Dr. Mark J. Perry, professor of economics at the University of Michigan, pointed out studies supporting the premise that index funds outperform their active counterparts. He quotes a 2014 study done b...
Dr. Mark J. Perry, professor of economics at the University of Michigan, pointed out studies supporting the premise that index funds outperform their active counterparts. He quotes a 2014 study done by S&P Dow Jones indices that considered 2,862 active, broad based equity domestic funds that operated since March 2010. The study used funds that ranked in the top quartile for performance in the first year, 2010, and tracked them to see whether they remained in the top quartile through 2014. Out of the funds that had performance that beat 75% of peers only 0.28% attained top 25% performance over 5 consecutive years. The study's conclusion is that few funds sustain outperformance over time and that some funds with excess returns over their benchmark can become underperformers over time, according to Keith Loggie, senior director of global research and design at S&P Dow Jones Indices.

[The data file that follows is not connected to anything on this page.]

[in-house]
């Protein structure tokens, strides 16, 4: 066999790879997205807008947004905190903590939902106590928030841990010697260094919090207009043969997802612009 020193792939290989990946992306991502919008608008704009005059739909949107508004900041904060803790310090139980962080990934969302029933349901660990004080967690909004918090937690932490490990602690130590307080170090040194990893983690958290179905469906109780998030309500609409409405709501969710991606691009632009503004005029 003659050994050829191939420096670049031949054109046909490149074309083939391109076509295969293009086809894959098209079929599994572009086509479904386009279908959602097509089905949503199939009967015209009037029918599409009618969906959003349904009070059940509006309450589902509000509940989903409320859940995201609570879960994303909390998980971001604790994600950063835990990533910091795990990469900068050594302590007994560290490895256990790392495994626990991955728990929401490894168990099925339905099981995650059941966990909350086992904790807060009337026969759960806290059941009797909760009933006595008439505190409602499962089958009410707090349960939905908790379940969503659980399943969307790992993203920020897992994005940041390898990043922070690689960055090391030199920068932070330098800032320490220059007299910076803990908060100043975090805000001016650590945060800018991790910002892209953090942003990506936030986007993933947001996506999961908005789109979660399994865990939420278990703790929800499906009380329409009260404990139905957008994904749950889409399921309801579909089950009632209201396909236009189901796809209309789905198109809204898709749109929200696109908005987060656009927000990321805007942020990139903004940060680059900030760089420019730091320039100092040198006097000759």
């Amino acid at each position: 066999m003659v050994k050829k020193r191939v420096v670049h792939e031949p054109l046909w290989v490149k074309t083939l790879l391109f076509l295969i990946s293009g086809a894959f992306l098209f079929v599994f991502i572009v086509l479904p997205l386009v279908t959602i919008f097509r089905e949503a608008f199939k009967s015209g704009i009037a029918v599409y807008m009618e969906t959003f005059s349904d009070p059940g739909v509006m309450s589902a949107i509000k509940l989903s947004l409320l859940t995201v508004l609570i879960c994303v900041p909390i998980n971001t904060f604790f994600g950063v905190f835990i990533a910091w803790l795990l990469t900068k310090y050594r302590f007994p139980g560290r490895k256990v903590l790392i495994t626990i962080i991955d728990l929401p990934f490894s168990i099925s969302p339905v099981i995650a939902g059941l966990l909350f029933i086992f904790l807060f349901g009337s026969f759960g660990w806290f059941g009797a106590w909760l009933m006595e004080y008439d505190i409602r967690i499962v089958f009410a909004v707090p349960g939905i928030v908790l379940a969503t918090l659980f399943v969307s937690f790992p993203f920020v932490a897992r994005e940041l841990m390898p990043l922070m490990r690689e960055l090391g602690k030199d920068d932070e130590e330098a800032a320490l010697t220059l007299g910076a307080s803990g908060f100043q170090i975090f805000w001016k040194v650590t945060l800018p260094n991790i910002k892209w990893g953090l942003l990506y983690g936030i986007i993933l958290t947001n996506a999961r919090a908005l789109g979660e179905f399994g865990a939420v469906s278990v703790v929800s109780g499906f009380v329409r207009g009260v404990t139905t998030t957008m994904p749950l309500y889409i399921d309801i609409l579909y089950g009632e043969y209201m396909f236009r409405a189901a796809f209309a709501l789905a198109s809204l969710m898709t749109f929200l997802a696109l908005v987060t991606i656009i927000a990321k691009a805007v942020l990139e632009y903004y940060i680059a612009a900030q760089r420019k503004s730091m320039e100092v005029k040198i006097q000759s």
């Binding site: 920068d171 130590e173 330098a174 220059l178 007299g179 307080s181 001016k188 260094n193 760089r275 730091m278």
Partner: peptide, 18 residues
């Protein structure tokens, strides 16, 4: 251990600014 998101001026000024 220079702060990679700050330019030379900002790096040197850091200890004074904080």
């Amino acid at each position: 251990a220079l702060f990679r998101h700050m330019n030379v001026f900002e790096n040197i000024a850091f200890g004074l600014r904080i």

S&P Dow Jones Indices LLC
Stock market efficiency make index funds appropriate for most investors William D. Nordhaus, a Yale economics professor, highlighted that the 2014 S&P Dow Jones Indices study illustrated active fund performance that resembled results obtained flipping a coin, only slightly worse. Nordhaus agrees that most investors will be better off using index funds as cornerstones of their portfolios. Consistent manager performance on the top quartile over five consecutive years was slightly more probable tossing a coin versus having real world fund managers like the ones included in the S&P Dow Jones 2014 study choosing stocks. However, he concedes that there may be a few talented fund managers that can outperform due to skill and not chance alone. Norhaus and other academics like Paul Samuelson, the late Nobel laureate from M.I.T., argue that stock markets are liquid and efficient. Information is incorporated quickly into trading making it extremely hard to outperform. Index funds are not core of investors' portfolios